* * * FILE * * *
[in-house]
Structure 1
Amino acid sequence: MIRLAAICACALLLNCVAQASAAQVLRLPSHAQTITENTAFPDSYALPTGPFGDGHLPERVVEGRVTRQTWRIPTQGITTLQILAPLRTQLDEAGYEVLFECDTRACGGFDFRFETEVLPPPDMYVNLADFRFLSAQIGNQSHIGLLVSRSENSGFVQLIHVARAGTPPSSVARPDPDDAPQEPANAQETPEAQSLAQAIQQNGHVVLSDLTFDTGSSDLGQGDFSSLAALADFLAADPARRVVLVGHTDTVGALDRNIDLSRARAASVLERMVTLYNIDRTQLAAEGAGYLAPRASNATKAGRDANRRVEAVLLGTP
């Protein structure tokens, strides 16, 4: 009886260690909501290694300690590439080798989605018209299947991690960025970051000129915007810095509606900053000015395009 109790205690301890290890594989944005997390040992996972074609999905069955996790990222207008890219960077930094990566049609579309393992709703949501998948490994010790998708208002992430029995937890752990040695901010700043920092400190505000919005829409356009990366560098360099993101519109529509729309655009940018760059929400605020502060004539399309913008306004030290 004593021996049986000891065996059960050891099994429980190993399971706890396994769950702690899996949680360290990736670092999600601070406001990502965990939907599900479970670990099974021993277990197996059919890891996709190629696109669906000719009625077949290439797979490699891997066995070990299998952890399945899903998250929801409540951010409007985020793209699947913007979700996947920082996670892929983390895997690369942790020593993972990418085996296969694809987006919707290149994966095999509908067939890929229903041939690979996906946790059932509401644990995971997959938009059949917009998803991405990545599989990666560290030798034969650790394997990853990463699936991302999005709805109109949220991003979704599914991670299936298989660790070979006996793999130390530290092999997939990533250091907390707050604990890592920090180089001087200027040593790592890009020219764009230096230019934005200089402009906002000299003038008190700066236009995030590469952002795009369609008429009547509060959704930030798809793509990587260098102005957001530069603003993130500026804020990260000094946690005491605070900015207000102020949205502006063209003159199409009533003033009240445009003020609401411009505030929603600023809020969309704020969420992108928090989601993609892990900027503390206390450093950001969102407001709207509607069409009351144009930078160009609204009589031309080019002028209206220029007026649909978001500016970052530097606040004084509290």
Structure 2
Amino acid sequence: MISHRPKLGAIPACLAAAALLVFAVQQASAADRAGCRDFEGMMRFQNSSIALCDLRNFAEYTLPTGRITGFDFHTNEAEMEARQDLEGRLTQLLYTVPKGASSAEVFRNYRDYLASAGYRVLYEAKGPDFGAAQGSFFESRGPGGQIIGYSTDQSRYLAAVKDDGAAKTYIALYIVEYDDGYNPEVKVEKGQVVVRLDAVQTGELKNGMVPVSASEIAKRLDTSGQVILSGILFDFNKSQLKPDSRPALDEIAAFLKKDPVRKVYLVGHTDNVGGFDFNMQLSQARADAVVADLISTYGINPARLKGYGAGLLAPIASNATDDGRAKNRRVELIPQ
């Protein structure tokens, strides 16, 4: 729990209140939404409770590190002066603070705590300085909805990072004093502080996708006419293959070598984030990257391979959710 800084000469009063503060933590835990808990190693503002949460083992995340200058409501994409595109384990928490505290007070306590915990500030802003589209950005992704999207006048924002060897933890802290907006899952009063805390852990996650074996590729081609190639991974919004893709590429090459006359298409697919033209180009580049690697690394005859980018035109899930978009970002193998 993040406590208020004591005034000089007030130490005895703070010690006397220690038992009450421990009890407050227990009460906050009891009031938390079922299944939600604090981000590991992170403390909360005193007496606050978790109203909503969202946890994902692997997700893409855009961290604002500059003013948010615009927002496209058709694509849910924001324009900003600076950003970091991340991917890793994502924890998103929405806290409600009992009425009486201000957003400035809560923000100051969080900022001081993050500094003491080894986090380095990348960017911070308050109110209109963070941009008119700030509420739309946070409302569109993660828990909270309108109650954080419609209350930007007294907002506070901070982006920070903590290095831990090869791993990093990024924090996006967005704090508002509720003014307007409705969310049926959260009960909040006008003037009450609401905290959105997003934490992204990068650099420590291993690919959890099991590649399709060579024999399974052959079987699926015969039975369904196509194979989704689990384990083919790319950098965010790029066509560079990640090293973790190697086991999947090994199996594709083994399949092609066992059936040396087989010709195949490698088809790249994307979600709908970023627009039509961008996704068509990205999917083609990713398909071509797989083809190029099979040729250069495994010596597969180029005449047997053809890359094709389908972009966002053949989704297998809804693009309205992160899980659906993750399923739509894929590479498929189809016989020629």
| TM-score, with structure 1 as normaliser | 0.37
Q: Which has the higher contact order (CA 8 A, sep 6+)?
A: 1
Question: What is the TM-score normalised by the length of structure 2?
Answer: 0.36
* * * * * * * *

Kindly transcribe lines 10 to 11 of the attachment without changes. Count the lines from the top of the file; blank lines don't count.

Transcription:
A: 1
Question: What is the TM-score normalised by the length of structure 2?